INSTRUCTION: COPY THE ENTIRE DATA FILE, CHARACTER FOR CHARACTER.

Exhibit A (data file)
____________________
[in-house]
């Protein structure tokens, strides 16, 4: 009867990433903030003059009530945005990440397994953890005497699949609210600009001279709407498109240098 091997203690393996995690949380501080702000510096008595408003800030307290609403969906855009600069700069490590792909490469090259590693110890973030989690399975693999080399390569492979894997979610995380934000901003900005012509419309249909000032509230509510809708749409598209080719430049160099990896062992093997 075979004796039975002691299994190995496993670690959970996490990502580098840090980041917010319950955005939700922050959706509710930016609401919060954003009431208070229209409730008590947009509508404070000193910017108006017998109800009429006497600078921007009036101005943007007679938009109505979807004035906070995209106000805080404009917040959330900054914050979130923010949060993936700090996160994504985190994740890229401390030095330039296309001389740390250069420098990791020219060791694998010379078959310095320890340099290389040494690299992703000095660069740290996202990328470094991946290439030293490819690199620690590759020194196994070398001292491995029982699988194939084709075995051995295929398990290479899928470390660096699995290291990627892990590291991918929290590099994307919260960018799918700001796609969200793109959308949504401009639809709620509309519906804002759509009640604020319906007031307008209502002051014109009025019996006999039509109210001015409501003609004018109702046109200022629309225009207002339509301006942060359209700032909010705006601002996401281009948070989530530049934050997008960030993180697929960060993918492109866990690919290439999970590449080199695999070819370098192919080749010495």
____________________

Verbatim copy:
[in-house]
């Protein structure tokens, strides 16, 4: 009867990433903030003059009530945005990440397994953890005497699949609210600009001279709407498109240098 091997203690393996995690949380501080702000510096008595408003800030307290609403969906855009600069700069490590792909490469090259590693110890973030989690399975693999080399390569492979894997979610995380934000901003900005012509419309249909000032509230509510809708749409598209080719430049160099990896062992093997 075979004796039975002691299994190995496993670690959970996490990502580098840090980041917010319950955005939700922050959706509710930016609401919060954003009431208070229209409730008590947009509508404070000193910017108006017998109800009429006497600078921007009036101005943007007679938009109505979807004035906070995209106000805080404009917040959330900054914050979130923010949060993936700090996160994504985190994740890229401390030095330039296309001389740390250069420098990791020219060791694998010379078959310095320890340099290389040494690299992703000095660069740290996202990328470094991946290439030293490819690199620690590759020194196994070398001292491995029982699988194939084709075995051995295929398990290479899928470390660096699995290291990627892990590291991918929290590099994307919260960018799918700001796609969200793109959308949504401009639809709620509309519906804002759509009640604020319906007031307008209502002051014109009025019996006999039509109210001015409501003609004018109702046109200022629309225009207002339509301006942060359209700032909010705006601002996401281009948070989530530049934050997008960030993180697929960060993918492109866990690919290439999970590449080199695999070819370098192919080749010495």